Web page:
How Much Caffeine in Turkish Coffee
The common question is, ‘how strong is Turkish coffee?’ Turkish coffee comes with a special characteristic strong taste and is very rich. However, when compared to an espresso, it still falls a little short. Turkish coffee is strong and has about 65mg of caffeine in one cup, which contains two ounces. On the other hand, an espresso cup has only one ounce, which contains about 30 – 50mg.
But since what you can easily measure when it comes to strength is relative to each cup you take, it is safe to say that a cup of Turkish coffee is stronger than a cup of espresso.
How to Make Turkish Coffee
How to prepare Turkish coffee varies, by different individuals, and in different parts of the world. The best way to make Turkish coffee is with an ibrik, but you can also make it without an ibrik.
- Firstly, you need to add some water to the ibrik. Make sure the water is measured at 50 millimeters for each cup of coffee you want.
- Follow up on this with the addition of some sugar, and stir.
- Boil the mix, and when you remove it from the heat, add a teaspoon of coffee for each cup you would love to make.
- Boil this coffee mix again.
- Alright the ibrik from the heat, once it starts boiling. Decant the foam and mix it thoroughly.
- Boil the coffee again, twice. Between this successive boiling, make sure you remove the ibrik from the heat. At this stage, you may decant the foam at will, but make sure you stir thoroughly.
- Let it sleep for some minutes, as this would allow the remaining powder to settle. Follow this up with the addition of a tablespoon of cold water when you are done boiling. This accelerates the sleeping process.
This is the standard process on how to brew Turkish coffee. However, the same result can also be achieved without an ibrik.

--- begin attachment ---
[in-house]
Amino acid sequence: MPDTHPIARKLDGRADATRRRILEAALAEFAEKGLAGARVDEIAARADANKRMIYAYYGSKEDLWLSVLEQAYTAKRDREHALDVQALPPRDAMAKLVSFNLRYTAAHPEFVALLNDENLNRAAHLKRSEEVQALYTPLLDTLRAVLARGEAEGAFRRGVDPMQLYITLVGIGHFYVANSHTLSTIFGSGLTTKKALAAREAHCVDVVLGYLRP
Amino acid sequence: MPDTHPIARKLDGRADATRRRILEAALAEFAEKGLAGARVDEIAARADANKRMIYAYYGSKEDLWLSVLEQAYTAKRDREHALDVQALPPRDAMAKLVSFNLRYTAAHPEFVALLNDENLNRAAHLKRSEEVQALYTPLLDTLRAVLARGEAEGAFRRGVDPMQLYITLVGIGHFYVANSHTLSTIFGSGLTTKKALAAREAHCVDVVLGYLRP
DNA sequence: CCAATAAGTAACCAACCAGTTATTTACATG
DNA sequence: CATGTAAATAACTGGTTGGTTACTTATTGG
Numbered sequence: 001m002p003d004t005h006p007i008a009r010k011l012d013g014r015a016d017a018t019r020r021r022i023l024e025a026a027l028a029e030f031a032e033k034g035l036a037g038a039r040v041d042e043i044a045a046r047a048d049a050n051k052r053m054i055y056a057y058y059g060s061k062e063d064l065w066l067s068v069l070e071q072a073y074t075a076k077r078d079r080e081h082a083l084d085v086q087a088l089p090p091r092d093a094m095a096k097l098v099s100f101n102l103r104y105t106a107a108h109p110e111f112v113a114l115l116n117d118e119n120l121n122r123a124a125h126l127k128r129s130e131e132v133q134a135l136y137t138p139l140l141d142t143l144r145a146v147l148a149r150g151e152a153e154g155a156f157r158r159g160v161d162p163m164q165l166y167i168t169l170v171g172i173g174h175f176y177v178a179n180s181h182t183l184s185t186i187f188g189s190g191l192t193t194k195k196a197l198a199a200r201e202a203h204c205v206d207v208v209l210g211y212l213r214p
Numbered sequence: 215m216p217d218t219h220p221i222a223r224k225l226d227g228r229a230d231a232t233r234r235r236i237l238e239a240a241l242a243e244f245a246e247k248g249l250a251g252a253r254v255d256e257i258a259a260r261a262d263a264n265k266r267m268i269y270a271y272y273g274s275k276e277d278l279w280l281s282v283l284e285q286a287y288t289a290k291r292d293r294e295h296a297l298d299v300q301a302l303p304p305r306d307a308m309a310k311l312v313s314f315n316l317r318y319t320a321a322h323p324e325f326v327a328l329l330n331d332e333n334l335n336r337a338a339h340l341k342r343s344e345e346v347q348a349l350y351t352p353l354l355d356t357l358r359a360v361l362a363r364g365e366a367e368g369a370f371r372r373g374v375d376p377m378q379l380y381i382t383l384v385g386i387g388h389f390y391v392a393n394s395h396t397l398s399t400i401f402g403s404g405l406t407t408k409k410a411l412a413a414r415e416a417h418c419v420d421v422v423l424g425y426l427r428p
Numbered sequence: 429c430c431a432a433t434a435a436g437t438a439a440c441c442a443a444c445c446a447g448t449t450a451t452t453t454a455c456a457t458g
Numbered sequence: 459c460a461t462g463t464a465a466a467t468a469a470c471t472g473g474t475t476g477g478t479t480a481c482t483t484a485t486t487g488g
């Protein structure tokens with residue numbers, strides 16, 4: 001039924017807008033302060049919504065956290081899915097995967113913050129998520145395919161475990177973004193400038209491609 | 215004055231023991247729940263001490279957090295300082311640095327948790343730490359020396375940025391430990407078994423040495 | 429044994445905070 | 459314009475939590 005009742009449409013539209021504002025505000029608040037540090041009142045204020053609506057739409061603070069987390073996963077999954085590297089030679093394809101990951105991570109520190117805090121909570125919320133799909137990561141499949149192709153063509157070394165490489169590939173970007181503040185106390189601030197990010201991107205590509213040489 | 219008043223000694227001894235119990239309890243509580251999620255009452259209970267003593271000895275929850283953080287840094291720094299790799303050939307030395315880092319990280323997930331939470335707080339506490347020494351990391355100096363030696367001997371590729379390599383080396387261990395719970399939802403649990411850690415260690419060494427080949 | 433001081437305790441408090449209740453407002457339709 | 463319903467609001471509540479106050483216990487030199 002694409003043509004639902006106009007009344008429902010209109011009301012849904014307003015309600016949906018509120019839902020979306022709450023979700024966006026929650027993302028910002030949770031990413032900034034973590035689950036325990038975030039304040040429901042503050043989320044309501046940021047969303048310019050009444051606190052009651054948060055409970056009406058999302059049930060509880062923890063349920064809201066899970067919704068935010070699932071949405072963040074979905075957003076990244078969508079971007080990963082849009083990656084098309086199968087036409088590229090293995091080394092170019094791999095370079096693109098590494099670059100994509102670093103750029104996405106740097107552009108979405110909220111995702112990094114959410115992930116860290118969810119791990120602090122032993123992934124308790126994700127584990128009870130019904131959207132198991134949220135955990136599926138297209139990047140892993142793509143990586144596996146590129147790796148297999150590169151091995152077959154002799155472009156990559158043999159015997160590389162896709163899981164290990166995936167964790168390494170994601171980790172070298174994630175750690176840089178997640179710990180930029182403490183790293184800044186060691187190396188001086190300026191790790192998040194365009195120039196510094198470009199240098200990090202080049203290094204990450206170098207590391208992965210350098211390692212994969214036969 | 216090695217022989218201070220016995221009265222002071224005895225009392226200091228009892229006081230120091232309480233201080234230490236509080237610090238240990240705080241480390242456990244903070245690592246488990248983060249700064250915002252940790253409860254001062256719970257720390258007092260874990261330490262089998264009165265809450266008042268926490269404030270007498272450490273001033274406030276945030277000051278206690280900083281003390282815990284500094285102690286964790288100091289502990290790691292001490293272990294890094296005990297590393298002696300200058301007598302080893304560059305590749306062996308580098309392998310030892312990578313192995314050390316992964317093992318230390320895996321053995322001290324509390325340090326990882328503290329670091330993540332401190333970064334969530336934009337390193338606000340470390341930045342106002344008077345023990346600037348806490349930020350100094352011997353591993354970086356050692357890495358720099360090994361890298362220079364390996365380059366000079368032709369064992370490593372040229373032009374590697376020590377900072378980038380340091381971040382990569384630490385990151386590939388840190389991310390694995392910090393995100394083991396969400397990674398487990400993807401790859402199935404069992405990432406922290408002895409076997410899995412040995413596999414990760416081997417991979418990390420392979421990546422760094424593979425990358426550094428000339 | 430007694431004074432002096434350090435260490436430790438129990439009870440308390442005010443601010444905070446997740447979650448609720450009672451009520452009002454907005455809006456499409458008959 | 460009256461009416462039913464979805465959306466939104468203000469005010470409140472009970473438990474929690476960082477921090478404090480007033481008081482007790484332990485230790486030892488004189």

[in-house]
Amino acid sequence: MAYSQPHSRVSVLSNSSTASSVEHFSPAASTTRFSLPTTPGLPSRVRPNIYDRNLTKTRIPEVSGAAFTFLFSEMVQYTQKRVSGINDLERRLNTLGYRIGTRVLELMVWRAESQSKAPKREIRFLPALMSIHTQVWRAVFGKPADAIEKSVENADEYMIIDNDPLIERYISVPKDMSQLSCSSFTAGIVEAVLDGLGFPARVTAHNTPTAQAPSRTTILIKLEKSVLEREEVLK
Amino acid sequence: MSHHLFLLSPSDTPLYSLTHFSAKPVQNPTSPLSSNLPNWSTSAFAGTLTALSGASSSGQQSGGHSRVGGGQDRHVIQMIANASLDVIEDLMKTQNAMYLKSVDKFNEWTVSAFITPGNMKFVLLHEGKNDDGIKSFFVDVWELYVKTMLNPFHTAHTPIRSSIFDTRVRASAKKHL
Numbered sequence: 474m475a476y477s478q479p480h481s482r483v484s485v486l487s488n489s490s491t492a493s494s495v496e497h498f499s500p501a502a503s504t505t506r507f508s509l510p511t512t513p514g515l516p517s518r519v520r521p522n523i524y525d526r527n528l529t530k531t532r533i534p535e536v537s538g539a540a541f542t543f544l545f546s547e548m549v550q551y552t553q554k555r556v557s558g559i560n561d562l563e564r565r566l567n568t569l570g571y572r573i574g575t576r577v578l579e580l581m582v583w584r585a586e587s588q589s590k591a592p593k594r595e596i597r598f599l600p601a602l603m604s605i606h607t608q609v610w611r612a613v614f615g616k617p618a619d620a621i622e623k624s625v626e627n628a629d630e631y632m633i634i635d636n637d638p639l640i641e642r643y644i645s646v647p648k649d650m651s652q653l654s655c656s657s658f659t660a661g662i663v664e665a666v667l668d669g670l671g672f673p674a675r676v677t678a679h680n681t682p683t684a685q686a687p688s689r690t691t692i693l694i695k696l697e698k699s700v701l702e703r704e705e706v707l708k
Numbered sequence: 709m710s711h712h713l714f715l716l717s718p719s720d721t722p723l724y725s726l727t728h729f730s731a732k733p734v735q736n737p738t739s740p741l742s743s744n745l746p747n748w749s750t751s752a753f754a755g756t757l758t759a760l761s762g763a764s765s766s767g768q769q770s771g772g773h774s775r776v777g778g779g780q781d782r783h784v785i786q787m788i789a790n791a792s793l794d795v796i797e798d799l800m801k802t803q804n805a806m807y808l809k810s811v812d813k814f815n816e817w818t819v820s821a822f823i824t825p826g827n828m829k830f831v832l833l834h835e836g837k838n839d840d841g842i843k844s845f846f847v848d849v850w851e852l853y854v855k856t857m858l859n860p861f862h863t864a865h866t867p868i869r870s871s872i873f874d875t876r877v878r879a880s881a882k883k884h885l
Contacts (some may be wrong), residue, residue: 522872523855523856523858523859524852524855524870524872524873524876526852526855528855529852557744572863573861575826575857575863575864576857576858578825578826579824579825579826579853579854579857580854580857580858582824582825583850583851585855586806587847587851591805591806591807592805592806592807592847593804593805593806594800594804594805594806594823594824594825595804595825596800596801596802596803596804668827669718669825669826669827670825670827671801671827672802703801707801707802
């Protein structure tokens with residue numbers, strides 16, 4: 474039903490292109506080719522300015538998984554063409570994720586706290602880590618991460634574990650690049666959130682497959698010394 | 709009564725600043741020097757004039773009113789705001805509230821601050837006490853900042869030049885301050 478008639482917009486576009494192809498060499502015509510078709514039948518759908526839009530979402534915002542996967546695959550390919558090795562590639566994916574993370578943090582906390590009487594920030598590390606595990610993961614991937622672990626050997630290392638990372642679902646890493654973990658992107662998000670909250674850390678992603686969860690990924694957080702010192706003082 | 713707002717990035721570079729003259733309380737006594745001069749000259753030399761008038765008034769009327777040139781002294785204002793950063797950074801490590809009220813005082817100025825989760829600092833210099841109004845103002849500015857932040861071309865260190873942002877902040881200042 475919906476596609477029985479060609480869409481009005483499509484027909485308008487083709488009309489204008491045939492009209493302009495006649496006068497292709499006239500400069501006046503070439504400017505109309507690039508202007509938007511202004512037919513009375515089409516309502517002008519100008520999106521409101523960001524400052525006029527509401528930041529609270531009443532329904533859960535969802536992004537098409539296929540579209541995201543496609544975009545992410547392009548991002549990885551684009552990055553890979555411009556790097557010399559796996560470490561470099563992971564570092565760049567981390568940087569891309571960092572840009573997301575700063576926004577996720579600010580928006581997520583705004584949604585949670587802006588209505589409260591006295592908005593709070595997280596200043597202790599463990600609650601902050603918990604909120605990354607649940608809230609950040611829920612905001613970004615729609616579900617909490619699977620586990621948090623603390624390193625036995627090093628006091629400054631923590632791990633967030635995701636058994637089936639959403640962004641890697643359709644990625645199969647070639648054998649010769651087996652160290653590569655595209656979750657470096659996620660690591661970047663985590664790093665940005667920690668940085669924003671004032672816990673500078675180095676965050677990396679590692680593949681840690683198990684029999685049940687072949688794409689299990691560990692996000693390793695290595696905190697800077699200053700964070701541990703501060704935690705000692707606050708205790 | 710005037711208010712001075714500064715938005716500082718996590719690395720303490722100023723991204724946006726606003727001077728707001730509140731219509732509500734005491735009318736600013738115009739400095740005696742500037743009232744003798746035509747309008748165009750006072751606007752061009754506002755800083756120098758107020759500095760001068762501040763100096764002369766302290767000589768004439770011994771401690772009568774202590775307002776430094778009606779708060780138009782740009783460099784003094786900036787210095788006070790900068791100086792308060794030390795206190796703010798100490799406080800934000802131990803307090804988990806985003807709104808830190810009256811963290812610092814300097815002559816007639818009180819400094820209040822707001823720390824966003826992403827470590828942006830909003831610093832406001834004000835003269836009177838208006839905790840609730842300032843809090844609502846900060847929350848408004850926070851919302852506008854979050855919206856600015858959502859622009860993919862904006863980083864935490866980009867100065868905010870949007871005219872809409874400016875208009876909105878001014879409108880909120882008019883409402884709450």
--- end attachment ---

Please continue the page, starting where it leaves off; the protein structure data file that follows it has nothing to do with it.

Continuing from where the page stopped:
What is an ibrik?
Knowing the best way to use Turkish coffee pot depends on knowing what importance it signifies. An ibrik is a container that features a spout with the main function of storing and pouring liquid. In most cases, it is used for coffee.
For a long time, brewers didn’t know how to use a Turkish coffee pot – ibrik – in making the coffee art they love. But just about a decade ago, this changed, as some professionals got interested in it again. It’s signifance to the art of Turkish coffee making cannot be overemphasized. However, as said earlier, you can always do without it.
How to Make Turkish Coffee Without an Ibrik
Using the ibrik is the standard way to make Turkish coffee. However, you can master how to make Turkish coffee in a saucepan, or with other utensils you may have. How to make Turkish coffee without an ibrik is made possible with any utensil that can withstand heat, and can be easily removed. The process is the same as described above with the ibrik. Replace the ibrik with a saucepan or pot, and repeat the boiling and stirring processes described above.
Now you know how to make a Turkish Coffee, why not check out our brewing guides for more coffee content like this.